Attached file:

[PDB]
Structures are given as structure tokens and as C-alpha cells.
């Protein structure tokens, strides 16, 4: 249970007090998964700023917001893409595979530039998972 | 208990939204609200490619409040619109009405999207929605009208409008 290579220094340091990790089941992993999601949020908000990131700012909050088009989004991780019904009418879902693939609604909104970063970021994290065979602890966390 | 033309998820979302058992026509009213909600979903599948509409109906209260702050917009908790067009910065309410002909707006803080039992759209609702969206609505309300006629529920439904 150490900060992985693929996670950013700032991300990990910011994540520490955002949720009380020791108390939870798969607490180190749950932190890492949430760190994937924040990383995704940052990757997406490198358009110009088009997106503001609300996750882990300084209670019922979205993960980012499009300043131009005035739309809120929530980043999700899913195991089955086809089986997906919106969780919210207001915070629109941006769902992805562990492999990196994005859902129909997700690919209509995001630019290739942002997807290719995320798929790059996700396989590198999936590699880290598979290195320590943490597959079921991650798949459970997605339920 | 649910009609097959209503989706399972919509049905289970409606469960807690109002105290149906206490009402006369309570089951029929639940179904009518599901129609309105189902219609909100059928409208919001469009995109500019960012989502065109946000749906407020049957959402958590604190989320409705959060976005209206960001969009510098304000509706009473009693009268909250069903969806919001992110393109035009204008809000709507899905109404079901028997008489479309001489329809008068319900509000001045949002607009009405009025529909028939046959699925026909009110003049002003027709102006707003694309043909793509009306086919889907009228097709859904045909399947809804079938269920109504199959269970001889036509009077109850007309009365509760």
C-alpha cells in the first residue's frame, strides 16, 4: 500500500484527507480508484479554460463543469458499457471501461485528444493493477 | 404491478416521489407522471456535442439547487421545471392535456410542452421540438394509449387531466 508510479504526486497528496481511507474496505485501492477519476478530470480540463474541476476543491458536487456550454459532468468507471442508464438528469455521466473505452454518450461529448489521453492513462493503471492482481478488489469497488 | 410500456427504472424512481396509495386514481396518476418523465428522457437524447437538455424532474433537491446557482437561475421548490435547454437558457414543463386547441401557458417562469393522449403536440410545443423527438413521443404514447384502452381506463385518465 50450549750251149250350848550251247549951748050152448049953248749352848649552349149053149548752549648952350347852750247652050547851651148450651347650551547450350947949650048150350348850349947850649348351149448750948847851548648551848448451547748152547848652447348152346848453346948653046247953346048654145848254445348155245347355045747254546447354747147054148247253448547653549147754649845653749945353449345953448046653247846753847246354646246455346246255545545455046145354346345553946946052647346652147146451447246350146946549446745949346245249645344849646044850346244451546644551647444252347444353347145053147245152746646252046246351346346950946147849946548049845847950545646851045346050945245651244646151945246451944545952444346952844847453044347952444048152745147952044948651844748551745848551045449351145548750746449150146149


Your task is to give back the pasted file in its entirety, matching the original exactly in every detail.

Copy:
[PDB]
Structures are given as structure tokens and as C-alpha cells.
């Protein structure tokens, strides 16, 4: 249970007090998964700023917001893409595979530039998972 | 208990939204609200490619409040619109009405999207929605009208409008 290579220094340091990790089941992993999601949020908000990131700012909050088009989004991780019904009418879902693939609604909104970063970021994290065979602890966390 | 033309998820979302058992026509009213909600979903599948509409109906209260702050917009908790067009910065309410002909707006803080039992759209609702969206609505309300006629529920439904 150490900060992985693929996670950013700032991300990990910011994540520490955002949720009380020791108390939870798969607490180190749950932190890492949430760190994937924040990383995704940052990757997406490198358009110009088009997106503001609300996750882990300084209670019922979205993960980012499009300043131009005035739309809120929530980043999700899913195991089955086809089986997906919106969780919210207001915070629109941006769902992805562990492999990196994005859902129909997700690919209509995001630019290739942002997807290719995320798929790059996700396989590198999936590699880290598979290195320590943490597959079921991650798949459970997605339920 | 649910009609097959209503989706399972919509049905289970409606469960807690109002105290149906206490009402006369309570089951029929639940179904009518599901129609309105189902219609909100059928409208919001469009995109500019960012989502065109946000749906407020049957959402958590604190989320409705959060976005209206960001969009510098304000509706009473009693009268909250069903969806919001992110393109035009204008809000709507899905109404079901028997008489479309001489329809008068319900509000001045949002607009009405009025529909028939046959699925026909009110003049002003027709102006707003694309043909793509009306086919889907009228097709859904045909399947809804079938269920109504199959269970001889036509009077109850007309009365509760």
C-alpha cells in the first residue's frame, strides 16, 4: 500500500484527507480508484479554460463543469458499457471501461485528444493493477 | 404491478416521489407522471456535442439547487421545471392535456410542452421540438394509449387531466 508510479504526486497528496481511507474496505485501492477519476478530470480540463474541476476543491458536487456550454459532468468507471442508464438528469455521466473505452454518450461529448489521453492513462493503471492482481478488489469497488 | 410500456427504472424512481396509495386514481396518476418523465428522457437524447437538455424532474433537491446557482437561475421548490435547454437558457414543463386547441401557458417562469393522449403536440410545443423527438413521443404514447384502452381506463385518465 50450549750251149250350848550251247549951748050152448049953248749352848649552349149053149548752549648952350347852750247652050547851651148450651347650551547450350947949650048150350348850349947850649348351149448750948847851548648551848448451547748152547848652447348152346848453346948653046247953346048654145848254445348155245347355045747254546447354747147054148247253448547653549147754649845653749945353449345953448046653247846753847246354646246455346246255545545455046145354346345553946946052647346652147146451447246350146946549446745949346245249645344849646044850346244451546644551647444252347444353347145053147245152746646252046246351346346950946147849946548049845847950545646851045346050945245651244646151945246451944545952444346952844847453044347952444048152745147952044948651844748551745848551045449351145548750746449150146149